7:09pm: Gonzalez went on-record with Patrick Saunders of the Denver Post to deny that he is interested in being traded by the Rockies. “Nothing is true, because, obviously I haven’t talked to anybody and haven’t said that to anybody. Not my wife or my kids or my mom,” said Gonzalez when asked if he wanted out of Denver. “Whenever I get home, I’m frustrated because maybe I didn’t do well, or we didn’t win the game, but I never complain about it … or say I want to go somewhere else.”
Gonzalez went on to praise the Rockies’ emerging core of young players, mentioning Trevor Story and Jon Gray by name and saying that he wants to be a part of the next contending Rockies club. “I have been here for a lot of bad moments and tough situations, so I want to see the bright (side),” he told Saunders. “I want to be here when that happens.”
4:02pm: Heyman now tweets clarification that Gonzalez is amenable to a trade but hasn’t had a meeting with team officials on the matter. Rockies GM Jeff Bridich denied that a meeting took place when asked by SB Nation’s Chris Cotillo (links to Twitter), adding that he’s never had a strong desire to deal his star outfielder and will be “patient as it pertains to the deadline.”
12:25pm: Rockies outfielder Carlos Gonzalez “expressed an interest” in being dealt in a recent meeting with the Rockies’ front office, Jon Heyman of todaysknuckleball.com reports. Colorado could explore deals for both CarGo and fellow outfielder Charlie Blackmon this summer, per the report.
Gonzalez, 30, is running up a .319/.368/.556 batting line with 18 long balls on the year. While you have to discount that somewhat for his home-field advantage at Coors, there’s little question that he’d be a premium offensive asset on the trade market. With a $17MM salary this year and $20MM due for 2017, Gonzalez isn’t cheap — but he does come with a much more affordable contract than he’d command on the open market. Despite his variety of past injury problems, Gonzalez has been healthy in 2016 and doesn’t come with a hugely lengthy contract commitment.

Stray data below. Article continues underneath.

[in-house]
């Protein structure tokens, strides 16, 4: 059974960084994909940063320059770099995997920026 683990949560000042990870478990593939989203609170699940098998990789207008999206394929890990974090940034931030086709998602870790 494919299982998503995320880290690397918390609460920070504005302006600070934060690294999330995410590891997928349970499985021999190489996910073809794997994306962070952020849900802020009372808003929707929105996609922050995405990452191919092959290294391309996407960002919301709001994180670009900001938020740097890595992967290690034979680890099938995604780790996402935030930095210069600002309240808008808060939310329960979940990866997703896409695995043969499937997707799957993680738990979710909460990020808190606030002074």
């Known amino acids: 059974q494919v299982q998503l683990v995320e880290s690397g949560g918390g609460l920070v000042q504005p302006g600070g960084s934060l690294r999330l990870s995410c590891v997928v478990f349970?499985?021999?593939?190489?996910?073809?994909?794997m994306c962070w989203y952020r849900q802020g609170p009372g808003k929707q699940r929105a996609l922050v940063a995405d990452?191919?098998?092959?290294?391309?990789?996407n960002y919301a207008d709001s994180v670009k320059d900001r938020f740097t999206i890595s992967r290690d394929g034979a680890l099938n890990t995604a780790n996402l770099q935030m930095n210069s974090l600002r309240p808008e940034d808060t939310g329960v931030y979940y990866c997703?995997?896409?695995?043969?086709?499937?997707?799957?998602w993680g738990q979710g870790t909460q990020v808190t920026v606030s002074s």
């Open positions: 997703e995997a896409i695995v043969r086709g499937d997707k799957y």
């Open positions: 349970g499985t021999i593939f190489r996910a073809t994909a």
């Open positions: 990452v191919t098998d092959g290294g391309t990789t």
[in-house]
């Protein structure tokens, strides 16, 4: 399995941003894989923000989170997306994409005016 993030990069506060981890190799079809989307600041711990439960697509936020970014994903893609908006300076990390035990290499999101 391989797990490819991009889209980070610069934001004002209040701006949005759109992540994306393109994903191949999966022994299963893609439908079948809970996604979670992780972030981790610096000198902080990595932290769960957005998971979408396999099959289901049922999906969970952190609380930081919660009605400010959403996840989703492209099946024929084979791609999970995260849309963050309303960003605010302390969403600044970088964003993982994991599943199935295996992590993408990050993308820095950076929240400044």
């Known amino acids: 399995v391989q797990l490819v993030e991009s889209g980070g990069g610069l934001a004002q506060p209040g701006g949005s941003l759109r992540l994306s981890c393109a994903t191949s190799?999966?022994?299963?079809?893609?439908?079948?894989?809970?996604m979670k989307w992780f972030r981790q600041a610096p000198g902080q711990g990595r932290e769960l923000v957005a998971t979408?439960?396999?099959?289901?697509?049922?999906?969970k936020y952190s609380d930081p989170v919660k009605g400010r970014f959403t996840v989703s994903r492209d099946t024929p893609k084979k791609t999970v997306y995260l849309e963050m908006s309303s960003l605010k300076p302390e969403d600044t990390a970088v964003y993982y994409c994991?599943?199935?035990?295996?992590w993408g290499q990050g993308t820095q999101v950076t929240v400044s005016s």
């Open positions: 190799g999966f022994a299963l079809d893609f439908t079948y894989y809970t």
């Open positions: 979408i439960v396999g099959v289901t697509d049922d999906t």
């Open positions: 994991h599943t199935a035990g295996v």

The team has received similar production from Blackmon, who is hitting .305/.371/.496 with a dozen home runs and eight stolen bases. Though he isn’t running as much as he did last year, and is considered more of an average defensive center fielder than a top-flight glove-man, there’s plenty of value here. That’s all the more true given Blackmon’s reasonable $3.5MM salary and two future years of control. He’d quite likely be the premier center field-capable player available.
It’s worth bearing in mind that the club is far from committed to a selling posture, let alone parting with either or both of these core players. Colorado is on the outskirts of the playoff picture, but Heyman suggests that there’s some encouragement on the team’s ability to compete.
Still, there’s a big gulf separating the Rox from the division-leading Giants, and it seems that Gonzalez isn’t sanguine about the organization’s chances. Per Heyman, he’s increasingly frustrated at the club’s performance and wants to play for a winning club.
Rockies GM Jeff Bridich has already shown a willingness to part with well-loved superstars, as he shipped out shortstop Troy Tulowitzki last summer in a bid to bolster the team’s stock of young pitching. Certainly, both Gonzalez and Blackmon would profile as major assets that should draw top-quality prospects if they follow Tulo out the door.